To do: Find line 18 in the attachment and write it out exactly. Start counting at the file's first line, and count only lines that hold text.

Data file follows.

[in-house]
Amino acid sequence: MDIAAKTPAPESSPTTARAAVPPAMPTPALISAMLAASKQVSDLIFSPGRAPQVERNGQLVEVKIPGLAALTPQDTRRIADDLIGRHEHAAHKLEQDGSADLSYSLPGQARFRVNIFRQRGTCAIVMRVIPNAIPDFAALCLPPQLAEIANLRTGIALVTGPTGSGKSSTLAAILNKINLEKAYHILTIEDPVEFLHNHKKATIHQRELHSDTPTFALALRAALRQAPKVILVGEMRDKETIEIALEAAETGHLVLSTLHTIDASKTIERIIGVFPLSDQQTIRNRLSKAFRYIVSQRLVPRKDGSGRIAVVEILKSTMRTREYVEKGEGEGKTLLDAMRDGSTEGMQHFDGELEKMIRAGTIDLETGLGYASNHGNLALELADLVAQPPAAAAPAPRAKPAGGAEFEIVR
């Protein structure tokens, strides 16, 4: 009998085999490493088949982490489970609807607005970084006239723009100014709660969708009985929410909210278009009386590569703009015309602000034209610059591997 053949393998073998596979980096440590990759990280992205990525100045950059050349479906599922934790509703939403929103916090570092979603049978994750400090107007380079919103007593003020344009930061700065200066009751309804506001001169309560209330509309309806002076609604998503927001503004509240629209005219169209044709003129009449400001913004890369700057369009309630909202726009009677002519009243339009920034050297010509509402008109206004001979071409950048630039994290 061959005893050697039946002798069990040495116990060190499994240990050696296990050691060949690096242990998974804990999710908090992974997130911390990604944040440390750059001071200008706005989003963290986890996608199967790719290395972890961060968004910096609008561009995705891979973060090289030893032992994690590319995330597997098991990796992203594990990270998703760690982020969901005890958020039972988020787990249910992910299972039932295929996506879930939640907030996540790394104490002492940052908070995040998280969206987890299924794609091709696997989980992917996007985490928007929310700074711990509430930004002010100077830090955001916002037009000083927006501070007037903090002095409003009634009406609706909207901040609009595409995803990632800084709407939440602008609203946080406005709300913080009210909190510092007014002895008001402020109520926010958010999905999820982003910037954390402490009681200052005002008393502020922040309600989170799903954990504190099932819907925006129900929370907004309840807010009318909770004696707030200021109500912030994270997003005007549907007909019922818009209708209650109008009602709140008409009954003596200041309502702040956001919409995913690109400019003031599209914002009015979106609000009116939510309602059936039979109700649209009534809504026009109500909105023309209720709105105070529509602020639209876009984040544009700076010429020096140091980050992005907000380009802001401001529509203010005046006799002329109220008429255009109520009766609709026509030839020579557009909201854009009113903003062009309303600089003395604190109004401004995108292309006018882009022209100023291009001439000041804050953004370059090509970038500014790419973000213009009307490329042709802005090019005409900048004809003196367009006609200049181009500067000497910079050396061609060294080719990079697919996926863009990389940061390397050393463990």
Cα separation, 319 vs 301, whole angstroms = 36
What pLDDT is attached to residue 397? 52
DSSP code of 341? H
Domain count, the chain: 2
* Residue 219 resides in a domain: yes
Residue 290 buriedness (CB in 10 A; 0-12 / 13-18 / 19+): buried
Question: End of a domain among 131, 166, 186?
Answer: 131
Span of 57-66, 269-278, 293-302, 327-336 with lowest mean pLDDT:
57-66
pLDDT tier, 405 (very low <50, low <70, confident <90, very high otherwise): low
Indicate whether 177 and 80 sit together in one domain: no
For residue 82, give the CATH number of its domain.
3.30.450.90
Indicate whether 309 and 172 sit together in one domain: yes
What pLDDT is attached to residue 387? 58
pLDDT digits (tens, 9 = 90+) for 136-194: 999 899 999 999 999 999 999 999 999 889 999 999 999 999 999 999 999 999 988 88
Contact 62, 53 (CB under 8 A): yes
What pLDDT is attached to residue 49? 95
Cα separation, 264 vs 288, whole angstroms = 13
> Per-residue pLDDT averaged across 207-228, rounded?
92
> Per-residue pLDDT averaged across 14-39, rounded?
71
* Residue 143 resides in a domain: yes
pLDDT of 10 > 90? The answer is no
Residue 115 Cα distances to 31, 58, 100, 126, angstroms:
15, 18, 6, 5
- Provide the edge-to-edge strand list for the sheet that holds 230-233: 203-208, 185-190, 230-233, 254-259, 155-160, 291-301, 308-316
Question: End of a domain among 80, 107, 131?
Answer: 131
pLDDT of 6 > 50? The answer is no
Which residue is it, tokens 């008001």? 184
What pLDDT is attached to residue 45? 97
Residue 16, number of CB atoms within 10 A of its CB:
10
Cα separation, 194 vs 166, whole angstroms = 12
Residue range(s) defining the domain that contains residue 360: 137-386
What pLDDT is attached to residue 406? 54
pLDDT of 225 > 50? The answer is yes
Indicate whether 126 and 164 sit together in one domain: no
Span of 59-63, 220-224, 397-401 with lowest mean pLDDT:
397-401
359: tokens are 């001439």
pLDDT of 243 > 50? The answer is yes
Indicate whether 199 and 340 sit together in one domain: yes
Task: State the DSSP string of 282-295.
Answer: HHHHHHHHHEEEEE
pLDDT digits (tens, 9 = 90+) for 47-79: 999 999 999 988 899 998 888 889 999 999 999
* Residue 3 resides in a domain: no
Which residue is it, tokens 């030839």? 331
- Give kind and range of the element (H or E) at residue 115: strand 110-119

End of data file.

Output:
Indicate whether 309 and 172 sit together in one domain: yes